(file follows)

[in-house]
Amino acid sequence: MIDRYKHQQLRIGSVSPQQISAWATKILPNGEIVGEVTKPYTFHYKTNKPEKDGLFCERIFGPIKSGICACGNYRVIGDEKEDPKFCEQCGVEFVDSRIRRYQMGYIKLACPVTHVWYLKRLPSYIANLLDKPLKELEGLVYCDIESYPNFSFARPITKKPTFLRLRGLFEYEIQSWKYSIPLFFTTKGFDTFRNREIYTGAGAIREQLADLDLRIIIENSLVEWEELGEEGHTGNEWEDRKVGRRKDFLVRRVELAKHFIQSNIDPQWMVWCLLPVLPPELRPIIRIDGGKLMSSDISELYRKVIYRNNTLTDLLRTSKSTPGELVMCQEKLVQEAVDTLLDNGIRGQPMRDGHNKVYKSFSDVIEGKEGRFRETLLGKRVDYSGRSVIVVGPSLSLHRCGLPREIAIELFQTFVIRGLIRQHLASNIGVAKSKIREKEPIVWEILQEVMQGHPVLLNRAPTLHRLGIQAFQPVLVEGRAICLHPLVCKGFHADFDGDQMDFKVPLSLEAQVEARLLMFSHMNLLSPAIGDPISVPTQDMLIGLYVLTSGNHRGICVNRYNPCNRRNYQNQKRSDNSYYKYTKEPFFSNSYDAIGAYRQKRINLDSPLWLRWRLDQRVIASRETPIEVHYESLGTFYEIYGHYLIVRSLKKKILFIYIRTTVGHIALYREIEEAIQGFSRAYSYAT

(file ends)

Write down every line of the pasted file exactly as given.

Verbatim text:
[in-house]
Amino acid sequence: MIDRYKHQQLRIGSVSPQQISAWATKILPNGEIVGEVTKPYTFHYKTNKPEKDGLFCERIFGPIKSGICACGNYRVIGDEKEDPKFCEQCGVEFVDSRIRRYQMGYIKLACPVTHVWYLKRLPSYIANLLDKPLKELEGLVYCDIESYPNFSFARPITKKPTFLRLRGLFEYEIQSWKYSIPLFFTTKGFDTFRNREIYTGAGAIREQLADLDLRIIIENSLVEWEELGEEGHTGNEWEDRKVGRRKDFLVRRVELAKHFIQSNIDPQWMVWCLLPVLPPELRPIIRIDGGKLMSSDISELYRKVIYRNNTLTDLLRTSKSTPGELVMCQEKLVQEAVDTLLDNGIRGQPMRDGHNKVYKSFSDVIEGKEGRFRETLLGKRVDYSGRSVIVVGPSLSLHRCGLPREIAIELFQTFVIRGLIRQHLASNIGVAKSKIREKEPIVWEILQEVMQGHPVLLNRAPTLHRLGIQAFQPVLVEGRAICLHPLVCKGFHADFDGDQMDFKVPLSLEAQVEARLLMFSHMNLLSPAIGDPISVPTQDMLIGLYVLTSGNHRGICVNRYNPCNRRNYQNQKRSDNSYYKYTKEPFFSNSYDAIGAYRQKRINLDSPLWLRWRLDQRVIASRETPIEVHYESLGTFYEIYGHYLIVRSLKKKILFIYIRTTVGHIALYREIEEAIQGFSRAYSYAT